Author: Jim Png
Note: This article first appeared on www.xiangqi.com
One of the more spectacular ways of playing Xiangqi (Chinese Chess) is to use human beings to act as the chess pieces. Two players would then play a game of Xiangqi whereby the human beings are moved as in an actual game. The Chinese name for such a competition is known as 人棋 (rén qí) where the first Chinese character is used to refer to men and the second Chinese character is used to mean ‘chess’. There have been many recorded incidences of living chess being played in the history of China. (1 pp. 233-236)
Living Chess has always been interesting phenomena to watch. The term ‘Live Chess’ was found in Victor Keats’ translation of Thomas Hyde’s De Ludus Orientabilus mentioning a similar incident. (2)
In Living Chess, the Xiangqi chess pieces are represented by human beings wearing uniforms with Chinese inscriptions to represent the various chess pieces. A gigantic chess board is drawn on the ground. Sometimes, in more fanciful versions, weapons are brought. The two players would sit on high ground and play chess as they would over the board. A move is made by announcing it loudly over a loudspeaker or a microphone so that the human being representing the piece would get up and move to their designated positions. If that move constituted a capture, sometimes there would be a make-believe show of actually ‘killing’ or capturing the piece.
Given below is a short video of living chess used to promote Xiangqi in 2014 in China.
This article is a short introduction to Living Chess.
- 719 AD – 756 AD Emperor Xuanzong of Tang had fun with his Consort Yang when playing Living Chess
- Earliest record of Xiangqi Living Chess
- Xie Xiaxun used living chess for fundraising
- Mention of Living Chess in the West as early as 1694AD
- Living Chess and traditional Chinese Opera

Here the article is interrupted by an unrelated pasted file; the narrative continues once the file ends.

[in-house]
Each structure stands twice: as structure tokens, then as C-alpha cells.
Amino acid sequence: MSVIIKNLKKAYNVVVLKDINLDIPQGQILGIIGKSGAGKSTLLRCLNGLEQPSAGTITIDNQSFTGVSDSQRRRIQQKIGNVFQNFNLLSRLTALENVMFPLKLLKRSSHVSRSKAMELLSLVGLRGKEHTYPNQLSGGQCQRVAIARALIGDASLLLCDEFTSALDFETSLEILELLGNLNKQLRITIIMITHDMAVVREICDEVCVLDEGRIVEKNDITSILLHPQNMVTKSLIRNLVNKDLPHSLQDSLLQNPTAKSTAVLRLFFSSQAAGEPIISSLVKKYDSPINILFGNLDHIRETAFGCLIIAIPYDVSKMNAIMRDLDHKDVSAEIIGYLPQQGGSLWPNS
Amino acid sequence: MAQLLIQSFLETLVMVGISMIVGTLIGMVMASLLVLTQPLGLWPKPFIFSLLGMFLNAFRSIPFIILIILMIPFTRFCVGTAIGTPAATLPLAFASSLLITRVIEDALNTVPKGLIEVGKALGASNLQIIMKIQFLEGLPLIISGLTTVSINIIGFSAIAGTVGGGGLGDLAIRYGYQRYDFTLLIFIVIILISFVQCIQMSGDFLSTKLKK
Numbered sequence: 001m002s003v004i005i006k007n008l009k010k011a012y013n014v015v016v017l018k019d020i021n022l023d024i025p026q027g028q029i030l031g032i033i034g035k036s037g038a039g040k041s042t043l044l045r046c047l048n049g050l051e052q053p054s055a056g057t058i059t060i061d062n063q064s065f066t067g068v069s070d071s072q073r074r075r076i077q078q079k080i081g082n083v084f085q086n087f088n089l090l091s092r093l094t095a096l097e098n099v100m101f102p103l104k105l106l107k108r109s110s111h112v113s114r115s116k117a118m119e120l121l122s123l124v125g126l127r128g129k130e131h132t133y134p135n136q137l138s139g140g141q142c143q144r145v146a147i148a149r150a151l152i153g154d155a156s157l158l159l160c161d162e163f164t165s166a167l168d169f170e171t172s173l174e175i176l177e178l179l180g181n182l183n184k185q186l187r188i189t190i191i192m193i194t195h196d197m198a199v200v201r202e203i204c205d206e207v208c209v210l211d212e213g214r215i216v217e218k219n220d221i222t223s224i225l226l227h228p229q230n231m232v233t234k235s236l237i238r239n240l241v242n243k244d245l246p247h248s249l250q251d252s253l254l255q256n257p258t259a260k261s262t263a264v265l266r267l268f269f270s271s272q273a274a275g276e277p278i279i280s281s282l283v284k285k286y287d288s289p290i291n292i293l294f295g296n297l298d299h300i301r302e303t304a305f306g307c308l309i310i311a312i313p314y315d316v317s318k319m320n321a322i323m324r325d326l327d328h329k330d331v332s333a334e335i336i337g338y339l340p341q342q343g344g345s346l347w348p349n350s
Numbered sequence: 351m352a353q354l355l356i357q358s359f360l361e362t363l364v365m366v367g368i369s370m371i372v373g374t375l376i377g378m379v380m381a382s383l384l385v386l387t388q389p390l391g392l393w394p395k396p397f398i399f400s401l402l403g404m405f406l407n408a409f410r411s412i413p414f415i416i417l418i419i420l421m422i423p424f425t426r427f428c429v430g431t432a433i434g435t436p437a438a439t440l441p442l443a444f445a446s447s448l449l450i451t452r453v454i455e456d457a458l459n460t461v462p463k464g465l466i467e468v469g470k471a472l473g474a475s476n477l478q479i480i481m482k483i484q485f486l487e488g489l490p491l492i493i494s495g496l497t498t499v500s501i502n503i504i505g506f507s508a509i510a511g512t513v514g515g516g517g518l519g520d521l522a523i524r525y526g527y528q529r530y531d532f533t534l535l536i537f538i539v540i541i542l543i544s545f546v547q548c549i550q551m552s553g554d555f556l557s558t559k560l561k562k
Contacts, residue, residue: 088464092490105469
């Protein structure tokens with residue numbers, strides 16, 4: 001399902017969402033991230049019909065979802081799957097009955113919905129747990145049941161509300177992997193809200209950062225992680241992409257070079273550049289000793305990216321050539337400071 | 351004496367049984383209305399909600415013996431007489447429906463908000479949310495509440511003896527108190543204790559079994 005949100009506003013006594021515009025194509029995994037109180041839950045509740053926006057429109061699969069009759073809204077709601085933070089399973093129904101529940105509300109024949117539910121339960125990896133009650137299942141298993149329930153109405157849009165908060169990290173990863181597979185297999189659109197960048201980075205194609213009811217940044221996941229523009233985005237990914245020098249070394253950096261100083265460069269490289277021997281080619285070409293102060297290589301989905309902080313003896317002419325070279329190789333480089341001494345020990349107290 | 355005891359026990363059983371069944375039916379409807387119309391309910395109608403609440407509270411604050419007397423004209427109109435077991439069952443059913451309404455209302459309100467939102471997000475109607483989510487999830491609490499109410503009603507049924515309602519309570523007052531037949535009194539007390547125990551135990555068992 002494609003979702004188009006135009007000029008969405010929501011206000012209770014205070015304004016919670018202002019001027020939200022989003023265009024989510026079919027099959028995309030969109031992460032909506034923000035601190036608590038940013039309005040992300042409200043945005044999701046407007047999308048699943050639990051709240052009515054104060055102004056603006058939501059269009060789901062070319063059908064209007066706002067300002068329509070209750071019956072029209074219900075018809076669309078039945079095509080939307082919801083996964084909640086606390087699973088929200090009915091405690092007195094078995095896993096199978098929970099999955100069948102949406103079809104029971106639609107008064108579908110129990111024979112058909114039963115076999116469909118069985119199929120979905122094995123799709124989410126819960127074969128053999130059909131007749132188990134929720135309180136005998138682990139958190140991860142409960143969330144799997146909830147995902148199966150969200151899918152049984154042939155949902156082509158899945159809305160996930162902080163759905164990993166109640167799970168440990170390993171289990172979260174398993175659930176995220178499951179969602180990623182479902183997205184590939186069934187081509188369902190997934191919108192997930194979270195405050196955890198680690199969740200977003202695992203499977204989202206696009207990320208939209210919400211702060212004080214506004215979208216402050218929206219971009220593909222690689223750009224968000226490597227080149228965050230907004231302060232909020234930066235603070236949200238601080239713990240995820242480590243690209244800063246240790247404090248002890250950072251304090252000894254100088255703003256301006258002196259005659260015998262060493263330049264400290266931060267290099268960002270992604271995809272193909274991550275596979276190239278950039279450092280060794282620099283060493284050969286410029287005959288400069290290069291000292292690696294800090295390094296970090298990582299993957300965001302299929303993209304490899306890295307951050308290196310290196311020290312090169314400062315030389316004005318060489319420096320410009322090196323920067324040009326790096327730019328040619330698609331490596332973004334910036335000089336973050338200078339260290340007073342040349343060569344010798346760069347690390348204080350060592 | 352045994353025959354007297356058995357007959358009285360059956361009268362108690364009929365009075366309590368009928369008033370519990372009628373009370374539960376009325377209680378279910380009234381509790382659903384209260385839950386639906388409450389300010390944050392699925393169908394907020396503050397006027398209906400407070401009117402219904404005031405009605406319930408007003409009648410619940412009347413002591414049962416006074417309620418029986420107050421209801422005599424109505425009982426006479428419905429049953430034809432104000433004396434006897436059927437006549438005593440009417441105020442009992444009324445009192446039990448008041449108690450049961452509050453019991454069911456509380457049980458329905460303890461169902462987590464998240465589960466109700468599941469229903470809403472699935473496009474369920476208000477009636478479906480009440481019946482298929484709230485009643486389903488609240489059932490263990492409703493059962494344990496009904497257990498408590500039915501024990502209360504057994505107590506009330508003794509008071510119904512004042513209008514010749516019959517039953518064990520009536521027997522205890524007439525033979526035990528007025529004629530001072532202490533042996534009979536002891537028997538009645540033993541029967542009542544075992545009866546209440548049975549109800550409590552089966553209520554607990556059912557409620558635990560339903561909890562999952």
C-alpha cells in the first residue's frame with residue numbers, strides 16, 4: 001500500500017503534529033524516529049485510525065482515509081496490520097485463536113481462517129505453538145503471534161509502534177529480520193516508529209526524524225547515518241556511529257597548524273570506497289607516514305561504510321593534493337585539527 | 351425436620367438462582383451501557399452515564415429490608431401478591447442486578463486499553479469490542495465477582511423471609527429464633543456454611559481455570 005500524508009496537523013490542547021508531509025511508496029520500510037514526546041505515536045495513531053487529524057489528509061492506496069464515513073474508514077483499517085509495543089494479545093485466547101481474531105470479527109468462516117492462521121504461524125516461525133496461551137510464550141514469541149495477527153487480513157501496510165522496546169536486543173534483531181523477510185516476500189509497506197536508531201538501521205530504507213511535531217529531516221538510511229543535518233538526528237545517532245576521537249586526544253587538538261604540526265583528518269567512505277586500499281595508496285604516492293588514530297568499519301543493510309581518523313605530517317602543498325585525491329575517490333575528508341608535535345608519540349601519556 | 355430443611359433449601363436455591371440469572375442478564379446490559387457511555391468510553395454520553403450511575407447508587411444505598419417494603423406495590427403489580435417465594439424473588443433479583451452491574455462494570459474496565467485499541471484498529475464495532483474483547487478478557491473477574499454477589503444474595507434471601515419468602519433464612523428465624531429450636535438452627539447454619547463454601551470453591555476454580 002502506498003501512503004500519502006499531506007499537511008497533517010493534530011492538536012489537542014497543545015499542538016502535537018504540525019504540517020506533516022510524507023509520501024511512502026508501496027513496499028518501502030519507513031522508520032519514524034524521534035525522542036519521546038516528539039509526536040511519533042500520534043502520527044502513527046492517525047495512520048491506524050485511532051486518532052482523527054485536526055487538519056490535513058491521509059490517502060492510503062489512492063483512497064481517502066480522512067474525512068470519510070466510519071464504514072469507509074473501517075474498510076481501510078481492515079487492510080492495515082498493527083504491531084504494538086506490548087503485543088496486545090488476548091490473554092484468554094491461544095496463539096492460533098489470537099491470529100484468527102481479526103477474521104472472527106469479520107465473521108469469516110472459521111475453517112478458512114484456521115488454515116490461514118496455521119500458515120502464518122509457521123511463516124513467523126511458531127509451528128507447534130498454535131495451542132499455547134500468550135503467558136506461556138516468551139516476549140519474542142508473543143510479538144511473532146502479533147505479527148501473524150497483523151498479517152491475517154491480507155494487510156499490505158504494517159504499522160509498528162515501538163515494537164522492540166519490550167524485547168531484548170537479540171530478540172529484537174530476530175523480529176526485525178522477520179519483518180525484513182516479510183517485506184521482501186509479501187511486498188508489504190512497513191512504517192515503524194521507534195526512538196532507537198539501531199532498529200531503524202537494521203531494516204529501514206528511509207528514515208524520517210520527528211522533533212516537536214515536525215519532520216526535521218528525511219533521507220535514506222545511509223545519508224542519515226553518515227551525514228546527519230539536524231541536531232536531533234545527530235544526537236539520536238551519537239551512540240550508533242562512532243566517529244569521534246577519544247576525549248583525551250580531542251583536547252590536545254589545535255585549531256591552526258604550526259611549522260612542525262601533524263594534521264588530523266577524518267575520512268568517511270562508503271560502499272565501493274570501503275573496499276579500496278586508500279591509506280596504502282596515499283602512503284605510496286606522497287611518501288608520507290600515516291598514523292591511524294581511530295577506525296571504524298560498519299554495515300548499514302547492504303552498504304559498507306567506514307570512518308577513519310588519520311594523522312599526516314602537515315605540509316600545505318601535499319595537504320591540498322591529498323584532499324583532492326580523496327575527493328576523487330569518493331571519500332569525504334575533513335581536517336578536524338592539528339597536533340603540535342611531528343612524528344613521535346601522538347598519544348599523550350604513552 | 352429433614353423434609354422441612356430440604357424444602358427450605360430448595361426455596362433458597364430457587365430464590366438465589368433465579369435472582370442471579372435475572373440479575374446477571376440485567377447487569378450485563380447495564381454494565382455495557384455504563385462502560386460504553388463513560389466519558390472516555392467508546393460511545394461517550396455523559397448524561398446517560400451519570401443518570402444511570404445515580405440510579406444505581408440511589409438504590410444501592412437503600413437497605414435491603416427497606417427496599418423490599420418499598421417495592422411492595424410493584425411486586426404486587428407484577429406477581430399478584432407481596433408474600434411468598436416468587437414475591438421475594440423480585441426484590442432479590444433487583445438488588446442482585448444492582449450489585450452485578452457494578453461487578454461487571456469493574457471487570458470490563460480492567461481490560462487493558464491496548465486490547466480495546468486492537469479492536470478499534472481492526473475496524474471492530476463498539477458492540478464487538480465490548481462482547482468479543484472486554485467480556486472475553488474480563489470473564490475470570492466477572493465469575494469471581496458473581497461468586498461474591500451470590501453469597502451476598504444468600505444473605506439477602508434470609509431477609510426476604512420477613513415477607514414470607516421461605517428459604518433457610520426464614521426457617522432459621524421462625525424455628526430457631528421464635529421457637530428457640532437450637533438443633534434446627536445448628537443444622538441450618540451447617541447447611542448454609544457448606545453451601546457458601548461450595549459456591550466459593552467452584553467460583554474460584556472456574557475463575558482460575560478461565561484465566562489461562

- An example of living chess in Taiwan’s Yonghe Junior High School.
- Wechat link to Chinese soldiers playing Xiangqi in snow
- Some thoughts
History has it that during the Tang Dynasty, in the first year of Tang Bao, Emperor Xuanzong of Tang (唐玄宗Táng Xuánzōng, 685-762AD), was a Xiangqi fanatic. His favourite consort was Consort Yang (杨贵妃Yáng Guìfēi, 719 AD -756 AD), who was also known as Yang Yuhuan (杨玉环Yáng Yù huán).
The Emperor used thirty-two maidens to represent the pieces and the game was carried out as it would be in over-the-board play. This passage had been given in Zhou Jiasen’s book and also by Zhang Ru-an. Zhang Ru-an would further say that the chess played contained Chinese characters ‘香車’, ’桂馬’, ‘銀將’, ‘金將’ et cetera. The names of these pieces would later be introduced into China to become Shogi. Unfortunately, there was no further information to validate the living chess played here and shogi.
However, the form of chess that he played might not be the form of Xiangqi that we know today for Xiangqi was believed to have taken its current form no later than the Southern Song Dynasty which was about four centuries later than Emperor Xuanzong of Tang’s time. (1 pp. 233-234) (3 p. 3)
Rather, according to Zhang Ru-an, the earliest account of Living Chess happened was Yan Shifan (严世蕃 yán shì fān, ?-1565AD) playing Living Chess with his wife. Yan Shifan’s father, Yan Song (严嵩 yán sōng) (1480-1569AD), was the prime minister during the Jia Jing era who has been depicted as a villain. Zhang Ru-an quoted an ancient passage. Qian Jingfang’s (钱静方 qián jìng fāng) , Xiao Shuo Cong Kao(《小说丛考》) had this to say:
“The play Wu Cai Yu (五彩与 wǔ cǎi yú) is rooted in facts. Yan Shi Fan drew a chess board on the carpet and played Xiangqi against his wife. This passage could be found in Mei Xin (another passage). The carpet and the thirty-two maidens were a gift from Wang Tianhua.” (1 pp. 233-236)